Travelmag Banner
Archives
Search
 Features

Living a simple life in Pakistan’s Swat Valley


The journey there was terrifying! The bus driver bumped and raced at about seventy miles an hour along narrow mountain passes – overtaking everything in sight. I did not dare look out of the window. Every few seconds the air-horn blared out. I was quite frightened. Coming back I had a much more pleasant and slower ride.

The scenery was spectacular – mountainous and green with streams and waterfalls, wild flowers and blossom. When we stopped in the little villages on the way – we had to change buses twice – children rushed up to us trying to sell us bags of sliced sugar-cane. Everywhere we see that. It is quite good to eat and very juicy, but after you have chewed for a while, you have to spit out the wood. Up in the village of Madyan they sold delicious brown raw sugar balls that taste like fudge. I wondered what it could be at first. They keep it in sacks.

At last we arrived in the village. Ray went to stay in a very cheap ‘hotel’ – two rupees a night, and I went to find this little house where I had been invited to stay. It was a one-roomed stone dwelling, with a roof of thatched branches, mud and stone like all the others in the village. There was a high stone wall around it and wooden gates.

The women there observe strict purdah. I knocked on the door and when Sandy opened it, I showed her the note from Len and said that if it was not convenient I could easily stay in the little hotel. However, she invited me to stay there and I slept on the floor on sleeping bags that night and they chatted about the life in that tiny isolated Pakistani village.

When I first saw the English girls I got rather a shock. They wore very old, tatty, baggy clothes, looked very unkempt, and were squatting on the floor. They looked like hippies, but first impressions did not do them justice. Possibly they were just as put off by the sight of me, as my clothes (my bright blue long silk embroidered Afghani dress) were very clean and rather showy, as I realised afterwards, in comparison to people they see every day in the village, and have done for a year since they first came there.

One of the girls was my age, 22, and the other, Sandy, a few years older. They offered me some rice and then I went out for a walk along the valley with Ray. When I came back I chatted with the girls. Len’s girlfriend, Sandy, who rented the house, had been a nurse for seven years in England.

Next morning I learned an incredible thing – the people in the village had discovered that she had medical knowledge (because one day she had dressed somebody’s wounds) and they came to her every day with their ailments. She had a regular surgery and even supplied them with medicines and pills which she bought herself from the chemist.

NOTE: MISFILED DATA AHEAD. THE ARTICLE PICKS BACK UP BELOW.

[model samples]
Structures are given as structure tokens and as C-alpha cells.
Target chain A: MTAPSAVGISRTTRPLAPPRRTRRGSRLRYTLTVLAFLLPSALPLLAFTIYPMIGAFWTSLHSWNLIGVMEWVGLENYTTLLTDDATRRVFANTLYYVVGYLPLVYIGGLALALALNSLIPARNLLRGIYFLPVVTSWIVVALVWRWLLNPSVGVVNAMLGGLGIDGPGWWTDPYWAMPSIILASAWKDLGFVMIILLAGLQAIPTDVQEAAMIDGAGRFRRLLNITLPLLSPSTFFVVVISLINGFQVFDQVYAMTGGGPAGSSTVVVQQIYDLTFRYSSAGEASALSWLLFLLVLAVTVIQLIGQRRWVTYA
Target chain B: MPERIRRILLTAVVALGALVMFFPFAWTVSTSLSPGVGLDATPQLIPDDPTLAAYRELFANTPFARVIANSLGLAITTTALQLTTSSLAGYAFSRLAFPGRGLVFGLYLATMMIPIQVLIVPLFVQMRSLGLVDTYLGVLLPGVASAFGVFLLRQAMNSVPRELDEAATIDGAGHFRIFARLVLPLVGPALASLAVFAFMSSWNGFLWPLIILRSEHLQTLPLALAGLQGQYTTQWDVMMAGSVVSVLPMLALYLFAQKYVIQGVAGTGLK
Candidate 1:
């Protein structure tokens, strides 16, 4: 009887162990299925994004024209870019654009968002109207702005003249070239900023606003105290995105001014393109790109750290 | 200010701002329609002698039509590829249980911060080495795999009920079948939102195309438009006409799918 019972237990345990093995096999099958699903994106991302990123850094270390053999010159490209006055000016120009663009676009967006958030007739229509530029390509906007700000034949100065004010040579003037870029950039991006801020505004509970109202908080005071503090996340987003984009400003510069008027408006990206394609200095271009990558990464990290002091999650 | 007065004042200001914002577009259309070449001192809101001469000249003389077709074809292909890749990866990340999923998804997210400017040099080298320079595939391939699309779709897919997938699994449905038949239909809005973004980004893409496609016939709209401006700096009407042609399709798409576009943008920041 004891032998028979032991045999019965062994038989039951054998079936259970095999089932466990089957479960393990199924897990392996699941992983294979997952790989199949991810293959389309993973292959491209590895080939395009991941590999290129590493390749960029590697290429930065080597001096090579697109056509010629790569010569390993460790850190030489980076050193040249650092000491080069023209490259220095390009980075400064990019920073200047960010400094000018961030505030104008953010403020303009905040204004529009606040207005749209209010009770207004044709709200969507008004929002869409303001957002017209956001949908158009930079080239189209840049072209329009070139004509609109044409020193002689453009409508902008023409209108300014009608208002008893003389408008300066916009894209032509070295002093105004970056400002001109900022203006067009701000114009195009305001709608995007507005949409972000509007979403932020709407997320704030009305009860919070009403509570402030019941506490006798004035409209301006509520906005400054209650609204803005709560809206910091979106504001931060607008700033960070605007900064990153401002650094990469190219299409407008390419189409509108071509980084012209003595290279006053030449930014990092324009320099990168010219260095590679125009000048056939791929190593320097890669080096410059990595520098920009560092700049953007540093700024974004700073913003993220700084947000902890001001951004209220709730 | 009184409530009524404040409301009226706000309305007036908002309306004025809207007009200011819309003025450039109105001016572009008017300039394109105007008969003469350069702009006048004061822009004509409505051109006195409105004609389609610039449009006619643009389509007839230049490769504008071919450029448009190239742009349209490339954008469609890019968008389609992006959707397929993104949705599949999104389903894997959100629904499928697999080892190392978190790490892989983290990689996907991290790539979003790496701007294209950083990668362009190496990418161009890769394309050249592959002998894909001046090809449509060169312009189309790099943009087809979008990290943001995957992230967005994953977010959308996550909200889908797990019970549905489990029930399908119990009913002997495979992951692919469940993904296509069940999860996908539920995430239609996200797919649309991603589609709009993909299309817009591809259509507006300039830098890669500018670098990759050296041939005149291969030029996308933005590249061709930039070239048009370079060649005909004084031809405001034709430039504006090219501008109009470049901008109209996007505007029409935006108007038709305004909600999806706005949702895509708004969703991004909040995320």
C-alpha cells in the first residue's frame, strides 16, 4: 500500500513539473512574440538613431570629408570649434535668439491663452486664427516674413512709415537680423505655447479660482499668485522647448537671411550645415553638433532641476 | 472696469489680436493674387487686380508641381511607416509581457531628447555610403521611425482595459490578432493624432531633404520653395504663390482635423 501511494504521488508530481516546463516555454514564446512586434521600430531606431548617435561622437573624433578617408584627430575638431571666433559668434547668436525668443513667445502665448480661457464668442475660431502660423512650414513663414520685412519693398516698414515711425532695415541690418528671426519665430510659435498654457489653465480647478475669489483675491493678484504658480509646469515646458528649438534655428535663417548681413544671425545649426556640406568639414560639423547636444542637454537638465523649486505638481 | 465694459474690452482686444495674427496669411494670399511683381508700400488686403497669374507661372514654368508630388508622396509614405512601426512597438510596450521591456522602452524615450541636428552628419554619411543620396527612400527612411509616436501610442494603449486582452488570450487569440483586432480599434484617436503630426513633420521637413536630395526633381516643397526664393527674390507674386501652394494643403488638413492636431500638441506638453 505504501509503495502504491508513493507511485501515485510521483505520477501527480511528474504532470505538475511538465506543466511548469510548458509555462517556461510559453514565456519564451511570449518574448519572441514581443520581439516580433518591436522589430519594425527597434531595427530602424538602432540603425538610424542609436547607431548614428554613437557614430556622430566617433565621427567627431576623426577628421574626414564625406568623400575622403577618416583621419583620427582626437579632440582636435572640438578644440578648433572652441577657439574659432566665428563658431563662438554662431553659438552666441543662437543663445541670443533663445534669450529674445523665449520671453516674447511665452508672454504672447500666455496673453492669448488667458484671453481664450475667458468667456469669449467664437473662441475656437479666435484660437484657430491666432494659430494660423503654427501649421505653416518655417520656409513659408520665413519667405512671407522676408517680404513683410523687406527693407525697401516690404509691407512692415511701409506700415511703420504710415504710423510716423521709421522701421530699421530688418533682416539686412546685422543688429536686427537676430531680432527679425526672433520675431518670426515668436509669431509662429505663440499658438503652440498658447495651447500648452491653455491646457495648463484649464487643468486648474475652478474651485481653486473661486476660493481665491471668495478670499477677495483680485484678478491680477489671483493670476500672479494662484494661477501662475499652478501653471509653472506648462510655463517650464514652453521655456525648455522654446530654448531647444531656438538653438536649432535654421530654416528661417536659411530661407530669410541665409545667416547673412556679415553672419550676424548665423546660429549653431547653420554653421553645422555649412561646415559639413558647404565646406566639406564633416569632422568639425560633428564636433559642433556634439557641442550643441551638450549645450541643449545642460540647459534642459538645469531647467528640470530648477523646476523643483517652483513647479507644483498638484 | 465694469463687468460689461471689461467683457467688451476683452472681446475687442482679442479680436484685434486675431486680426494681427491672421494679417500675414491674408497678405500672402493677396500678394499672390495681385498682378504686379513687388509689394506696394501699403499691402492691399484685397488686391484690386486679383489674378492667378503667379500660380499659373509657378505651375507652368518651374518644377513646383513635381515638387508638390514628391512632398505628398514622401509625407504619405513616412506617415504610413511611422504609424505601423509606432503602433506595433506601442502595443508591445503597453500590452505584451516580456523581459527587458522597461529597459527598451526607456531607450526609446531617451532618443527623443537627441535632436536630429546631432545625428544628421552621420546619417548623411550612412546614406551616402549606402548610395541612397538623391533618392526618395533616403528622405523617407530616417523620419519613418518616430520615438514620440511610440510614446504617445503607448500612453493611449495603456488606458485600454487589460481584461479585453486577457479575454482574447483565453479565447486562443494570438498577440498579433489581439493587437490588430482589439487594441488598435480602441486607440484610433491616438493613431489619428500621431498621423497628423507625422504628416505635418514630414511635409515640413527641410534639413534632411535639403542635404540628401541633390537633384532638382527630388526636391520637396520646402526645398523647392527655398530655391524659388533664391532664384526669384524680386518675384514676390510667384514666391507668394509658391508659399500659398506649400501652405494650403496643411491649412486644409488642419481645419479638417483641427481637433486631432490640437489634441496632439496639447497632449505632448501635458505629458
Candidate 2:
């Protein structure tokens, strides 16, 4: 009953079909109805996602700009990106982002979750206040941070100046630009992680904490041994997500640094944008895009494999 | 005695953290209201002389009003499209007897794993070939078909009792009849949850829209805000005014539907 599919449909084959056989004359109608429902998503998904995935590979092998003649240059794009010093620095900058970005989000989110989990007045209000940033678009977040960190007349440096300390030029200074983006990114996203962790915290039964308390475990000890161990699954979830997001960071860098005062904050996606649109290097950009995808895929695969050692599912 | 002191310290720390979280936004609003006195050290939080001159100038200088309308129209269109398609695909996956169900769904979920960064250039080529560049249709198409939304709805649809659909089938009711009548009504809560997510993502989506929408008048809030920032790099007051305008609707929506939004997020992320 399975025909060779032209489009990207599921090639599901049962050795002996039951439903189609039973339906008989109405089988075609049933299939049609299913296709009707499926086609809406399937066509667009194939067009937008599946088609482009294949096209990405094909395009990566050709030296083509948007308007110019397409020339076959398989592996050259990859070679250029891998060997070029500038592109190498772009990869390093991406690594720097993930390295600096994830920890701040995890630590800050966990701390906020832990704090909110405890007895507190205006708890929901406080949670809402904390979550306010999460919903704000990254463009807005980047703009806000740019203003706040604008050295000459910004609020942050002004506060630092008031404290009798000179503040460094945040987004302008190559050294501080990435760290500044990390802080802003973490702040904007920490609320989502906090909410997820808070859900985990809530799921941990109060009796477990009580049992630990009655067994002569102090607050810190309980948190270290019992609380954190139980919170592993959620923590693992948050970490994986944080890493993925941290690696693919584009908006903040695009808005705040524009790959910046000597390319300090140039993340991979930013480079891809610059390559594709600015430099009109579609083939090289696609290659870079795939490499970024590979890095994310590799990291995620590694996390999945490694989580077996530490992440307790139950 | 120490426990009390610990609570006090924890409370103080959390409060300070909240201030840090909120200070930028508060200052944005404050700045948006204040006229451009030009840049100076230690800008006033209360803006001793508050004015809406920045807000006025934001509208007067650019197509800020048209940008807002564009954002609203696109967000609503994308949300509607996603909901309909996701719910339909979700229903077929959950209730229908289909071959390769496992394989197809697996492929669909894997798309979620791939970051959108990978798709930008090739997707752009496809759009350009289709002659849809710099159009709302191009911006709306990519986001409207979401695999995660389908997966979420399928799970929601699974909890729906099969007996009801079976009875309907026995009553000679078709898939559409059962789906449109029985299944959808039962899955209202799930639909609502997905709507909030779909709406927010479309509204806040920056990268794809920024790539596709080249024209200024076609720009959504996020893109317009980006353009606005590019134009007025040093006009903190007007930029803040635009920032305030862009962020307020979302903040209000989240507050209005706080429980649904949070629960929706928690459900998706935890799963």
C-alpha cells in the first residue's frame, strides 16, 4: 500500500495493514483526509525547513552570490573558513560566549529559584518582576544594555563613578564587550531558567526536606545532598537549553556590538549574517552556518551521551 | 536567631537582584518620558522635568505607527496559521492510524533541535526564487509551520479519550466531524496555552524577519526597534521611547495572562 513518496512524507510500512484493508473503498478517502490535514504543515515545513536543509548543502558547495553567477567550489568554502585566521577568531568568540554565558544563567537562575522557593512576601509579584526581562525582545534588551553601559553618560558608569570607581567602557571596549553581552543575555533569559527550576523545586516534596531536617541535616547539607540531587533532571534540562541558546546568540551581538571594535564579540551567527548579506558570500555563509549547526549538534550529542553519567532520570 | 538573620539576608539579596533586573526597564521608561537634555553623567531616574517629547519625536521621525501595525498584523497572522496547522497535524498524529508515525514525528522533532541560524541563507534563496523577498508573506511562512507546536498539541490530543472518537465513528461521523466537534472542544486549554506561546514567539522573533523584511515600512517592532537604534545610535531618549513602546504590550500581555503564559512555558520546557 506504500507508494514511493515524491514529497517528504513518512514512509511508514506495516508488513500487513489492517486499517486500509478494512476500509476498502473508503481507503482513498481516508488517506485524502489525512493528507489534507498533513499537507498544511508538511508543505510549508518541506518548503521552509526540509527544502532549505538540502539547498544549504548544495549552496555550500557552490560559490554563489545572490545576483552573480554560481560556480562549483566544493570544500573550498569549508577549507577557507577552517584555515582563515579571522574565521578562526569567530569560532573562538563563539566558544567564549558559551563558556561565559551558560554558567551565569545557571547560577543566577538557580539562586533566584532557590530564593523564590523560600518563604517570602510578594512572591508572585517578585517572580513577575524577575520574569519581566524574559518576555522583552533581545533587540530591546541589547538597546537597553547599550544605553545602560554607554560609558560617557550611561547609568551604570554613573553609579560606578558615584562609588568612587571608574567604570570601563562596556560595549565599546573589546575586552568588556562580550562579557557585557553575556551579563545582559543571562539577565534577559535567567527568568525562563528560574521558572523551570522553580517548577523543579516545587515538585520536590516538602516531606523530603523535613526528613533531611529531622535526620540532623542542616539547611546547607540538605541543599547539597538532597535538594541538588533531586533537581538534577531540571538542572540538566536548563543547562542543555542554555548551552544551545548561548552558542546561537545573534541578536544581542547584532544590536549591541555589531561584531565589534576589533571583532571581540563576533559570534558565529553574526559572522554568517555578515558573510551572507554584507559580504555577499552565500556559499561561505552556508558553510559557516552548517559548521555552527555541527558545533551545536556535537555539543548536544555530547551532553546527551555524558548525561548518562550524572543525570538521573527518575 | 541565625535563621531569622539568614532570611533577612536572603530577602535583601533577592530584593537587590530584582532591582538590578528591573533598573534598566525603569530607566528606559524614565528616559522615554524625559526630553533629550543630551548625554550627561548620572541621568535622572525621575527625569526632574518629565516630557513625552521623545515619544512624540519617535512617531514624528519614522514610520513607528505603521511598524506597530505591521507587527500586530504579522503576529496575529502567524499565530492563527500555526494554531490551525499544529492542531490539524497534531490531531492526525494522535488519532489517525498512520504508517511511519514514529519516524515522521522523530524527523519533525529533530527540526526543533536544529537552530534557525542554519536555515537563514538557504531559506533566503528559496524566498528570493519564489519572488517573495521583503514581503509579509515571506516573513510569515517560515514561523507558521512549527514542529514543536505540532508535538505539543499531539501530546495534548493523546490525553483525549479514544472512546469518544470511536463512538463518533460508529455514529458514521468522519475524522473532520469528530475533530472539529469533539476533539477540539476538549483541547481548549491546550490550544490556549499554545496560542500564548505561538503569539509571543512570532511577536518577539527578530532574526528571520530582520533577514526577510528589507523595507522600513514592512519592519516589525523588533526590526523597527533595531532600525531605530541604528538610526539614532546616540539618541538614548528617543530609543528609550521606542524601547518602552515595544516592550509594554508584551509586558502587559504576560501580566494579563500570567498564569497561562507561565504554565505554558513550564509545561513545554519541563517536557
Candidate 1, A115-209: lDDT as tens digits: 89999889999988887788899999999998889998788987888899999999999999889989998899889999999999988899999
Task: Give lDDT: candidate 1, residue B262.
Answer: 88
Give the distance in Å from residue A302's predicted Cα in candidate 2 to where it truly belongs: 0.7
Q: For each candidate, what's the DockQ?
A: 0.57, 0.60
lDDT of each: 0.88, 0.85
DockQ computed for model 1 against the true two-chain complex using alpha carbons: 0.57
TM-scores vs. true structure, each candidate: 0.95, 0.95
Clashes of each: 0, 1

She told me that the village people did not understand that dirt could cause infections and sometimes she had to give pills first, as well as emphasising that they must wash wounds. She had learned a little of the language and it was obvious that the people respected her very much. She dressed like the women and covered her hair when she went to the shops. There was a doctor, she told me, but the women were shy of visiting him and would not go, so they came to her instead. She would not see the men, only women and children. Some of the women brought her a few nuts or herbs in return for ‘treatment’. She told me that for a long time she had tried to keep her nursing skills quiet but that it was impossible to keep anything quiet in that village.

The other girl, a friend, was staying there for a while. She had been very sick and was recovering from hepatitis and pneumonia together! The weather had been very cold but now was getting hot.

I wished that I had stayed longer in that village to learn more about the people, but as always I am restless to move on.

Sandy showed me some of the beautiful embroidery done by the women in the village. In the morning one of the women living next door brought us a pot of tea and some round flat bread fried in a kind of butter – ghee, I think. Sandy told me she had brought it to us because I was there. She told me how very, very happy, friendly and giving the people were – so very poor – and yet always wanting to share the little that they
have. Average wages she said, are about ten to thirteen rupees a week. (One rupee is less than five pence). She told me how she loved living in the valley like these poor people, eating the foods that are in season. She said to me, “Never have I had so
little but never have I been so happy.”

I said I will perhaps visit them again on my way back from India.
Extracted from Rosamund’s travel diaries, now in print. Buy it at Matador or Amazon.

   [Top of Page]  
 Latest Headlines
Central Asia